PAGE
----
There are also lots of great toolsspecific to various hands on tasks. Many people have clocks forlearning to tell time or play money for learning to count. You don'tneed play money though. Real coins are great tools for place value aswell once a child understands that the penny is ones, the dime istens and the dollar is hundreds. Fraction wheels are especiallyuseful for younger students first learning about fractions. Spinnersand dice from games help kids learn about probability. There arealgebra tiles are a great way to introduce the abstract ideas behindalgebra. The Hands on Equations program helps explain basic conceptsin algebra, including integers and variables using a scale, pegs, andnumber cubes.

    My favorite tool for arithmetic isstill the Cuisenaire rods, simply because I believe they're the mostversatile single manipulative you can have. Cuisenaire rods don'thave markings to allow kids to count up to their value the way thatmost other manipulative blocks do. Instead, students are encouragedto see the rod as a whole, which helps take the symbolicrepresentation a step further. After playing with them for a fewdays, most kids will internalize their values. More importantly, the“six” rod or the “three” rod can be used to representsomething more than 6 or 3. They can show fractions, ratios, negativenumbers, or help kids see why certain triangle measurements won'twork. They are an incredibly flexible tool. Every time I think we'refinished with Cuisenaire rods in our math journey, they seem to comeout again for a lesson. I suspect I won't feel really comfortablepassing our set on until both my kids are past high school levelgeometry.

    Geometry has special manipulatives, aswell. While there are some which are mostly just practical, most ofthese particularly invite play. Like a box of Cuisenaire rods, abucket of pattern tiles is almost impossible not to play with. Evenolder kids tend to get draw into making patterns and exploring shapesby tessellating them out onto a table. Pentominoes and tangram tilesare made for doing puzzles. However, some of the best hands onactivities with geometry involve making your own discoveries orbuilding things yourselves. What better way to learn that all theangles in a triangle add up to 180 degrees than to make and cut uptriangles to show the angles form a line? Or what better way to showhow shapes look flattened into nets than to actually make shapes?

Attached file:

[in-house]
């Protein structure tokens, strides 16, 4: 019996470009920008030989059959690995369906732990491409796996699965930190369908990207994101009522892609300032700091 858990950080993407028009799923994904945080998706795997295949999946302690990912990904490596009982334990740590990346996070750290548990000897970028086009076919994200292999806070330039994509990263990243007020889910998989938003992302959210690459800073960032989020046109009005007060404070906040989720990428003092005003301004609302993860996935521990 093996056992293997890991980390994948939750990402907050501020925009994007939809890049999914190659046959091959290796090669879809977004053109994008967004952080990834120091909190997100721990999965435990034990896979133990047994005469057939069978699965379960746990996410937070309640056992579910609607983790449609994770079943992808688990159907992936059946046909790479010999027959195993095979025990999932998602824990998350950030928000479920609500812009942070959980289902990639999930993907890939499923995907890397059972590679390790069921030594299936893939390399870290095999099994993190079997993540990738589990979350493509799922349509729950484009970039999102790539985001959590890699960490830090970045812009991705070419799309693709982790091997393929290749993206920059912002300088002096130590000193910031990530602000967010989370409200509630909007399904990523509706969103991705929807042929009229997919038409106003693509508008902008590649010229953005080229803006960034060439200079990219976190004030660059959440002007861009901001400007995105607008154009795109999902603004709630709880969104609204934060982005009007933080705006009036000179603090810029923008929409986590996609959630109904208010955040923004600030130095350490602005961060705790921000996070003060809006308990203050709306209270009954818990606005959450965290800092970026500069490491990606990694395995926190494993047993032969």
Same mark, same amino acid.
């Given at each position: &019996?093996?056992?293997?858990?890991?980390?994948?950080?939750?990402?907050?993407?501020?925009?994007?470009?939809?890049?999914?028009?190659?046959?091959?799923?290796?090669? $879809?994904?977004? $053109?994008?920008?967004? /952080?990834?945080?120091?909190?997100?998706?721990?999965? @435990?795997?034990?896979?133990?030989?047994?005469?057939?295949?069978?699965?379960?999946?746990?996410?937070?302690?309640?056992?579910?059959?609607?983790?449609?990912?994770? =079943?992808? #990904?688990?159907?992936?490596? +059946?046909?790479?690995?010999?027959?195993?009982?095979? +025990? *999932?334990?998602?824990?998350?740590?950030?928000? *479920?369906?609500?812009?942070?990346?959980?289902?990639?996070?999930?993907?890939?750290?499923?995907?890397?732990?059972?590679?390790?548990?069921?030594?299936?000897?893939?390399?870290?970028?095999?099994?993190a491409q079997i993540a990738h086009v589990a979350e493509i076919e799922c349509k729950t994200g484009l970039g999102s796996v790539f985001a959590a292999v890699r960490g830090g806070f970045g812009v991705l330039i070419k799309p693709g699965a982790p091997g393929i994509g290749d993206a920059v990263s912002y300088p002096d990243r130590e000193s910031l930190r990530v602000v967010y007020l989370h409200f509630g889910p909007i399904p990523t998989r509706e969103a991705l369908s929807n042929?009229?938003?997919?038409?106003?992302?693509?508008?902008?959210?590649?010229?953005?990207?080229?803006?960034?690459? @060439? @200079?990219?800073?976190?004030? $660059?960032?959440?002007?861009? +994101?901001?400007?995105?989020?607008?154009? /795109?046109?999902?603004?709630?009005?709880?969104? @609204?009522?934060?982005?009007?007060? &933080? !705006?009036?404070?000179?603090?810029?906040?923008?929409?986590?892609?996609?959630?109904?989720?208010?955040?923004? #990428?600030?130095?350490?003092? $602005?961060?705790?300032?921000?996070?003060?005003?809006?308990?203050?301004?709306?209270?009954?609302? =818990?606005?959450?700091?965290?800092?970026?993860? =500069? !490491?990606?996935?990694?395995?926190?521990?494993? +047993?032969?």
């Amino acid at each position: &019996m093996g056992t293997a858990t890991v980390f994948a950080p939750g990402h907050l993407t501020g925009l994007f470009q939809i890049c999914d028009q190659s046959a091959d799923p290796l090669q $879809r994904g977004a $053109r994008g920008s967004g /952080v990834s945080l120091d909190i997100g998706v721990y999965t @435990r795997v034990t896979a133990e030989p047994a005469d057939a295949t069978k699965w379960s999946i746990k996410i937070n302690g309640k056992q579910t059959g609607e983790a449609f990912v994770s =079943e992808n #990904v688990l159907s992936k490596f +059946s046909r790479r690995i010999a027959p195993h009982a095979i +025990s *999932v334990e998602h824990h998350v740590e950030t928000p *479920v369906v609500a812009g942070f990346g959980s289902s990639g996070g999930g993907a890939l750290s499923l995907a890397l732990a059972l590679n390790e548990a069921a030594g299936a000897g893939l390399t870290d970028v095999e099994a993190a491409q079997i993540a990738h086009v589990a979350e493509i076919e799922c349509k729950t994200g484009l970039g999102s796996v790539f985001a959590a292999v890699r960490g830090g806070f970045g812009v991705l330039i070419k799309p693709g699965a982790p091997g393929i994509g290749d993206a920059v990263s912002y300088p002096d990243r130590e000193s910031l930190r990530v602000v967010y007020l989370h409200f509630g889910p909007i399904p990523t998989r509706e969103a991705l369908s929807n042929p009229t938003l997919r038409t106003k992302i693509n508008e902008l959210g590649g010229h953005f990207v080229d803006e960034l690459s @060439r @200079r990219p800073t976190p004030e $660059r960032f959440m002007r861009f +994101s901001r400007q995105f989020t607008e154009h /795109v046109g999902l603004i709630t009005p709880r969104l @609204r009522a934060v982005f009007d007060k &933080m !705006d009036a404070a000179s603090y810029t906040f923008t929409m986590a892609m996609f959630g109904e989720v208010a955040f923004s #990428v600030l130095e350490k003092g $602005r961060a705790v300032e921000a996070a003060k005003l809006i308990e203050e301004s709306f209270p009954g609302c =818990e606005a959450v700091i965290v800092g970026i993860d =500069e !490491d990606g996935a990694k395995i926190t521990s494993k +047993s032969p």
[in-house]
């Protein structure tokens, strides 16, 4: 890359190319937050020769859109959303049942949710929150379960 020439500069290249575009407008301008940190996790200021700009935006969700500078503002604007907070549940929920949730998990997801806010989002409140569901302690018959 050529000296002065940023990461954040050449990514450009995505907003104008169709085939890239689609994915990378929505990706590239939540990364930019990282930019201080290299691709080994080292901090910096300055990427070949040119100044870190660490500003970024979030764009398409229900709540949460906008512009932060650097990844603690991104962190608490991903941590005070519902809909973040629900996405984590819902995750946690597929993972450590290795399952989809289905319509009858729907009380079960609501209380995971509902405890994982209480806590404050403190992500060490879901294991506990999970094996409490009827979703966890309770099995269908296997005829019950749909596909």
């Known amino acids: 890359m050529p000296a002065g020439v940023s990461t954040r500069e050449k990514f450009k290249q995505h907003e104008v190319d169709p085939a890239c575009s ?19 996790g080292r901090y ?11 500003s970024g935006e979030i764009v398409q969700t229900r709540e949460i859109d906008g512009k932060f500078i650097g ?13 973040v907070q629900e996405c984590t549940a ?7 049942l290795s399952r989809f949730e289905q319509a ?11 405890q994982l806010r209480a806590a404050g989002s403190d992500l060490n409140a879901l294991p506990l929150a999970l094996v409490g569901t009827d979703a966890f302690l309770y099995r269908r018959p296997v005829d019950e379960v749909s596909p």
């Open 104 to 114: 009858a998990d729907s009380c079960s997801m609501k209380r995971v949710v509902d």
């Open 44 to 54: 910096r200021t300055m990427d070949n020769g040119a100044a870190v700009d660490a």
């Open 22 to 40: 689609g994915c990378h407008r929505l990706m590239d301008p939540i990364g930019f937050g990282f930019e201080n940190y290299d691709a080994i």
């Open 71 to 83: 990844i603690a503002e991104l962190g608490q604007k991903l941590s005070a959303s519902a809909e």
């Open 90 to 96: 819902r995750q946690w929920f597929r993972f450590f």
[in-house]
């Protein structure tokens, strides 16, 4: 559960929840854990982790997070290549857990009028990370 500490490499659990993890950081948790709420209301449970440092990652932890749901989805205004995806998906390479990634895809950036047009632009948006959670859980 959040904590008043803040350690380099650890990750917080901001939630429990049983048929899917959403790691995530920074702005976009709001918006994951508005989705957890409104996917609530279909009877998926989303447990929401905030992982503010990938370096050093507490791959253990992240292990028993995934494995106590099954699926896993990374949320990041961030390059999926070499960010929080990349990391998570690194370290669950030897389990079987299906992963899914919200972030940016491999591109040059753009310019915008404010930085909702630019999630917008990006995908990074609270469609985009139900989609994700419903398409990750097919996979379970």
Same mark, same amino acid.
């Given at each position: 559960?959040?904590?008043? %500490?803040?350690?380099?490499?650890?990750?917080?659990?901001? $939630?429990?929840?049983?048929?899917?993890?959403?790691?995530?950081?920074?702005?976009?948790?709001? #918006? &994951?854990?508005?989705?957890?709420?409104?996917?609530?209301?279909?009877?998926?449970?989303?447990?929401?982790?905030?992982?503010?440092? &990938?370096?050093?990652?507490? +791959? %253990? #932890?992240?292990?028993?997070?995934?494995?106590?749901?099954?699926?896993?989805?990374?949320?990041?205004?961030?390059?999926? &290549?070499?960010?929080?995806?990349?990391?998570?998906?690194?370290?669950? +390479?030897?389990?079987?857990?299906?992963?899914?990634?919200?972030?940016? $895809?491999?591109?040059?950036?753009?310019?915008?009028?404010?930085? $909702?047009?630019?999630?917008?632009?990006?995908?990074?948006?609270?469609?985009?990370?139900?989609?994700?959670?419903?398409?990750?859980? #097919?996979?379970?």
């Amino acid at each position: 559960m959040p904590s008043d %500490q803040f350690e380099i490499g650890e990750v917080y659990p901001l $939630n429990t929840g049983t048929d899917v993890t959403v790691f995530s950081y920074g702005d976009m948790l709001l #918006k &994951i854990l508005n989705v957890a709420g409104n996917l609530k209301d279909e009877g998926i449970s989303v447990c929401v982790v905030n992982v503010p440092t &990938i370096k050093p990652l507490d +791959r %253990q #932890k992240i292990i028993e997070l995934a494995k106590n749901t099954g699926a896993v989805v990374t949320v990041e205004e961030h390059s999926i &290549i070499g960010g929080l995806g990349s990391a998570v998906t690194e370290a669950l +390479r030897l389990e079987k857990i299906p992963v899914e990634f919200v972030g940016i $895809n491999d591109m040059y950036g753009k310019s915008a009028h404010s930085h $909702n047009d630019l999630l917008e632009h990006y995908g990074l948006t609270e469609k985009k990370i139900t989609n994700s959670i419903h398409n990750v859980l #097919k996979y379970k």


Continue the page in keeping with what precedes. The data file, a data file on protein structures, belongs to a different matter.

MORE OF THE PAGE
In general, that's the step beyondmanipulatives and into the real world. We start by helping young kidslearn about the abstraction of numbers. Manipulatives help guidestudents through these abstractions, but by the time kids are inupper elementary and middle school, we've often moved so far awayfrom those counters that it's important to remember to dip back intothe real world with math labs and projects or simply using tools toexplore math in the real world so it doesn't become only a conceptualabstraction. Of course, word problems can do this too, but just likefor younger kids who are holding their first Cuisenaire rods ormoving their first beads across an abacus, there is something specialabout physical interaction for most students. Some ways we've takenconcepts to the real world has been building models with ratio,playing with origami, making hexaflexagons, playing store, and makingIncan counting ropes.

    * I've said what my favoritemanipulatives for math are. What are yours?

    * Do you use manipulatives? Why or whynot?

    * Do you agree that most kids needmanipulatives?

    * What else do you do to help kids movebetween the abstract and the concrete in math?
    This article was originally published in forum thread: The A to Z's of Hands on Math started by farrarwilliams View original post